Beijing stems bleeding in world’s wildest equity market


HONG KONG • China’s desire to lift its equity market has had an unintended consequence: Volatility is surging.

A measure of realised 10-day swings for the Shanghai Composite Index has jumped to about 45%, the highest of 47 benchmarks tracked by Bloomberg in emerging and developed markets. Momentum has shifted dramatically as the state pledges support for shares, with all but 21 members of the Shanghai gauge rising on Monday, one of its broadest rallies ever.

More than 70 stocks gained by the permitted 10% daily maximum, spurring the index to a 4.1% rally, its best showing since March 2016. That followed last Friday’s 2.6% increase, and it’s the first time in more than three years that such a big gain has been followed by an even greater advance.

The index is still down about 25% since January and hasn’t posted a three-day winning streak since August.

Futures on the FTSE China A50 Index fell 0.7% at 9:03am in Singapore yesterday.

“It’s either heaven or hell — there’s no stability,” said Dong Baozhen, a fund manager at Beijing Tonglingshengtai Asset Management.

“Though the market could still go either way on a daily basis, at least we won’t see any more avalanches. Perhaps, the boost from the regulators has set a larger trend. There’s nothing to rejoice about in huge fluctuations.” It’s taken a sweeping and coordinated effort from top officials to arrest the downward spiral in Chinese equities.

Previous attempts this year to instill confidence either didn’t last or fell flat, leaving investors with the steepest losses in the world. Starved of cash and facing margin calls, some private firms were on the brink of collapse before the government stepped in last week.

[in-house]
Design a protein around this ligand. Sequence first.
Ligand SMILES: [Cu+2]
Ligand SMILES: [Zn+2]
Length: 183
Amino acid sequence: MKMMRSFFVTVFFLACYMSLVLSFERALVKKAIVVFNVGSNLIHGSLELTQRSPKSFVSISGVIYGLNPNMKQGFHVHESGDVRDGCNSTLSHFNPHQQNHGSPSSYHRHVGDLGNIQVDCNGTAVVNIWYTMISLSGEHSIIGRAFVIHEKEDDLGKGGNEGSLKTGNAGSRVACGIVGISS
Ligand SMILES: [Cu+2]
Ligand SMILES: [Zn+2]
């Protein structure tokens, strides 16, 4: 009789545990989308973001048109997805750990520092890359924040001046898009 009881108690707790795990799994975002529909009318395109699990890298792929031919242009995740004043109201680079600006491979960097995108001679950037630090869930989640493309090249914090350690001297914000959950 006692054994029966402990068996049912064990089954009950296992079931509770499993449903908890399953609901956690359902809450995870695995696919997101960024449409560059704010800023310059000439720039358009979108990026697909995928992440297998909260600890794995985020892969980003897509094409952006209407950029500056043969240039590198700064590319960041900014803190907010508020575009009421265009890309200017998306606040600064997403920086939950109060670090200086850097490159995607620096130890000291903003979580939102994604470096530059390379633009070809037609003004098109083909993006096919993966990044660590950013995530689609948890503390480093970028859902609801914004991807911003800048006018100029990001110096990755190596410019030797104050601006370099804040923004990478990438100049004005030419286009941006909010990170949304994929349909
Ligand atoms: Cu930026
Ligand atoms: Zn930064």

Authorities have been more targeted in their approach in the past four days, directly addressing concerns that Chinese firms are running out of ways to both service and refinance their debt obligations. The State Council said late on Monday it will support bond financing by private firms, adding that the People’s Bank of China will provide funding to facilitate this. Separately, 11 Chinese securities firms agreed to invest the equivalent of US$3 billion (RM12.6 billion) to set up asset-management programmes aimed at plugging the share-pledge hole.

Over the weekend, President Xi Jinping vowed “unwavering” support for non-state firms, while the country’s stock exchanges committed to help manage share-pledge risks. And the securities regulator said firms with rejected applications to debut on the mainland can try to raise cash on the stock exchange after six months by restructuring a listed company, or a backdoor listing. They previously had to wait for three years.

While the two-day rebound looks big in isolation, it is only a small reprieve for a market that lost more than US$3 trillion in value since January. Part of the problem is most economic data are weakening, a trend the government is seeking to offset with a cut to personal income taxes.

With the US dialing up its anti-China rhetoric — whether on the trade or currency front — caution prevails.

“While a sharp rebound makes sense for now, the long-term outlook still depends on economic fundamentals,” said Lin Jinghua, an analyst at Capital Securities Corp. “The biggest uncertainty is the trade war.”

Signs that China’s stock market has bottomed would encourage the nation’s 144 million retail traders who drive more than 80% of turnover.

While foreigners sold A shares through stock links on Monday, soaring volume suggests at least domestic investors were more optimistic.

Turnover totalled 422 billion yuan (RM253.2 billion), the highest since July, data compiled by Bloomberg show.

“The stock rally will definitely spur retail investors’ enthusiasm, though we’re yet to see a huge number of retail investors rushing to the market,” said Guo Weiwen, an analyst with Qianhai Matrix Partners Capital Management (Shenzhen) Co. “We need more time for investor confidence to fully recover.”